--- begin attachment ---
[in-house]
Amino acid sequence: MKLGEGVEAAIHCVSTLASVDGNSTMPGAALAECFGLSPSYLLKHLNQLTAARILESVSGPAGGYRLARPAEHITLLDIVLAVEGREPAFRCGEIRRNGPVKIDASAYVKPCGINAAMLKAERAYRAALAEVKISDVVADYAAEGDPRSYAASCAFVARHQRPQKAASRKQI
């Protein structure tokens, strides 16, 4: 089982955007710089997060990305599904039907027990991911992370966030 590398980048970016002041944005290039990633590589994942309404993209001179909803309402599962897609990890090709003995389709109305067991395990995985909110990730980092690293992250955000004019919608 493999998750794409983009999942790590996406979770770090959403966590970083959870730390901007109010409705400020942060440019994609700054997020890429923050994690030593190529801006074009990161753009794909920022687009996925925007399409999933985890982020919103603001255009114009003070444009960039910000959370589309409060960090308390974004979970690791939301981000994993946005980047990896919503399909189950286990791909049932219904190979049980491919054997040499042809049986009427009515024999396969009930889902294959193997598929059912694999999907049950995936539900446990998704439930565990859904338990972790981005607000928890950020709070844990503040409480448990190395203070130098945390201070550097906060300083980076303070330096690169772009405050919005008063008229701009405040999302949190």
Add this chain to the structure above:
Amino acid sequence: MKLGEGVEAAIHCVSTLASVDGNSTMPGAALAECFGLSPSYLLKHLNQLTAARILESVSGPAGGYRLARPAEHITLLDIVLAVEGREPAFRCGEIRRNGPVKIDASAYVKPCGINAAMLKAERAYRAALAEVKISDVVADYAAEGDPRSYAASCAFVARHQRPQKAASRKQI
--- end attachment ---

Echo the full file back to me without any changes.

[in-house]
Amino acid sequence: MKLGEGVEAAIHCVSTLASVDGNSTMPGAALAECFGLSPSYLLKHLNQLTAARILESVSGPAGGYRLARPAEHITLLDIVLAVEGREPAFRCGEIRRNGPVKIDASAYVKPCGINAAMLKAERAYRAALAEVKISDVVADYAAEGDPRSYAASCAFVARHQRPQKAASRKQI
């Protein structure tokens, strides 16, 4: 089982955007710089997060990305599904039907027990991911992370966030 590398980048970016002041944005290039990633590589994942309404993209001179909803309402599962897609990890090709003995389709109305067991395990995985909110990730980092690293992250955000004019919608 493999998750794409983009999942790590996406979770770090959403966590970083959870730390901007109010409705400020942060440019994609700054997020890429923050994690030593190529801006074009990161753009794909920022687009996925925007399409999933985890982020919103603001255009114009003070444009960039910000959370589309409060960090308390974004979970690791939301981000994993946005980047990896919503399909189950286990791909049932219904190979049980491919054997040499042809049986009427009515024999396969009930889902294959193997598929059912694999999907049950995936539900446990998704439930565990859904338990972790981005607000928890950020709070844990503040409480448990190395203070130098945390201070550097906060300083980076303070330096690169772009405050919005008063008229701009405040999302949190």
Add this chain to the structure above:
Amino acid sequence: MKLGEGVEAAIHCVSTLASVDGNSTMPGAALAECFGLSPSYLLKHLNQLTAARILESVSGPAGGYRLARPAEHITLLDIVLAVEGREPAFRCGEIRRNGPVKIDASAYVKPCGINAAMLKAERAYRAALAEVKISDVVADYAAEGDPRSYAASCAFVARHQRPQKAASRKQI